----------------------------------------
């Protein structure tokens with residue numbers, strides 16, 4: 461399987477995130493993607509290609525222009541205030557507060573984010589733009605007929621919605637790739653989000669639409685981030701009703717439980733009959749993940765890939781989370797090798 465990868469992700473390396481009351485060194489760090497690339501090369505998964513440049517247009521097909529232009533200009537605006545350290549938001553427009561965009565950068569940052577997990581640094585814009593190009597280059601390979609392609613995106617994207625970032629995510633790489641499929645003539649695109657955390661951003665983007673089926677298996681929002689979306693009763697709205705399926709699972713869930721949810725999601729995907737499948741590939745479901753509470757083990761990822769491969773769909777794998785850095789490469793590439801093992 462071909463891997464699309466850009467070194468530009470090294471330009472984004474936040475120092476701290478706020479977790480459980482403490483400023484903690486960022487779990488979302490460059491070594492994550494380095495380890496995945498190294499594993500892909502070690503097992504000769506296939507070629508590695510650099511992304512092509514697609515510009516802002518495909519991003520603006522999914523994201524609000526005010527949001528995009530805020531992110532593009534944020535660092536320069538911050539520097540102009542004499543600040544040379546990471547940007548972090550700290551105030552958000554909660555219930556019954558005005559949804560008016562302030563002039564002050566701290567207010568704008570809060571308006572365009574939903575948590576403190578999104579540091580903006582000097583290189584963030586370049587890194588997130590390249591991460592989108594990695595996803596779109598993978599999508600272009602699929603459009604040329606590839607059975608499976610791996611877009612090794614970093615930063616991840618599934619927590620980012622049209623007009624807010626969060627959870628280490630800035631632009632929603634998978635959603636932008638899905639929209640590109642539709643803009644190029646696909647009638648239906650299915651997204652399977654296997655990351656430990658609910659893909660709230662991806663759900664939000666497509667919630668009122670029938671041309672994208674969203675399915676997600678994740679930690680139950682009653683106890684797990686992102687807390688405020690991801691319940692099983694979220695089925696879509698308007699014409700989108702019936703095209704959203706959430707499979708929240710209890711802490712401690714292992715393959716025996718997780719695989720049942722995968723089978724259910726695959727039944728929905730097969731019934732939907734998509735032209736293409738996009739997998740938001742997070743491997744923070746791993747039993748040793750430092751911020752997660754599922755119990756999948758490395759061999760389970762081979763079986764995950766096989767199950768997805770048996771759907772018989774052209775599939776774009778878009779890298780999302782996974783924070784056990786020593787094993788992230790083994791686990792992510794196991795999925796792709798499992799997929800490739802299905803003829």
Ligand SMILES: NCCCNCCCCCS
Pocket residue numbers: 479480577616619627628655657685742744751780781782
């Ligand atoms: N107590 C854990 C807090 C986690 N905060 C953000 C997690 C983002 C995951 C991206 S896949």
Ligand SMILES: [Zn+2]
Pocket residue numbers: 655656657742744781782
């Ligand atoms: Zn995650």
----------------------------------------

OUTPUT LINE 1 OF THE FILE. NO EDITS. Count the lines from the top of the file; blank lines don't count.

């Protein structure tokens with residue numbers, strides 16, 4: 461399987477995130493993607509290609525222009541205030557507060573984010589733009605007929621919605637790739653989000669639409685981030701009703717439980733009959749993940765890939781989370797090798 465990868469992700473390396481009351485060194489760090497690339501090369505998964513440049517247009521097909529232009533200009537605006545350290549938001553427009561965009565950068569940052577997990581640094585814009593190009597280059601390979609392609613995106617994207625970032629995510633790489641499929645003539649695109657955390661951003665983007673089926677298996681929002689979306693009763697709205705399926709699972713869930721949810725999601729995907737499948741590939745479901753509470757083990761990822769491969773769909777794998785850095789490469793590439801093992 462071909463891997464699309466850009467070194468530009470090294471330009472984004474936040475120092476701290478706020479977790480459980482403490483400023484903690486960022487779990488979302490460059491070594492994550494380095495380890496995945498190294499594993500892909502070690503097992504000769506296939507070629508590695510650099511992304512092509514697609515510009516802002518495909519991003520603006522999914523994201524609000526005010527949001528995009530805020531992110532593009534944020535660092536320069538911050539520097540102009542004499543600040544040379546990471547940007548972090550700290551105030552958000554909660555219930556019954558005005559949804560008016562302030563002039564002050566701290567207010568704008570809060571308006572365009574939903575948590576403190578999104579540091580903006582000097583290189584963030586370049587890194588997130590390249591991460592989108594990695595996803596779109598993978599999508600272009602699929603459009604040329606590839607059975608499976610791996611877009612090794614970093615930063616991840618599934619927590620980012622049209623007009624807010626969060627959870628280490630800035631632009632929603634998978635959603636932008638899905639929209640590109642539709643803009644190029646696909647009638648239906650299915651997204652399977654296997655990351656430990658609910659893909660709230662991806663759900664939000666497509667919630668009122670029938671041309672994208674969203675399915676997600678994740679930690680139950682009653683106890684797990686992102687807390688405020690991801691319940692099983694979220695089925696879509698308007699014409700989108702019936703095209704959203706959430707499979708929240710209890711802490712401690714292992715393959716025996718997780719695989720049942722995968723089978724259910726695959727039944728929905730097969731019934732939907734998509735032209736293409738996009739997998740938001742997070743491997744923070746791993747039993748040793750430092751911020752997660754599922755119990756999948758490395759061999760389970762081979763079986764995950766096989767199950768997805770048996771759907772018989774052209775599939776774009778878009779890298780999302782996974783924070784056990786020593787094993788992230790083994791686990792992510794196991795999925796792709798499992799997929800490739802299905803003829």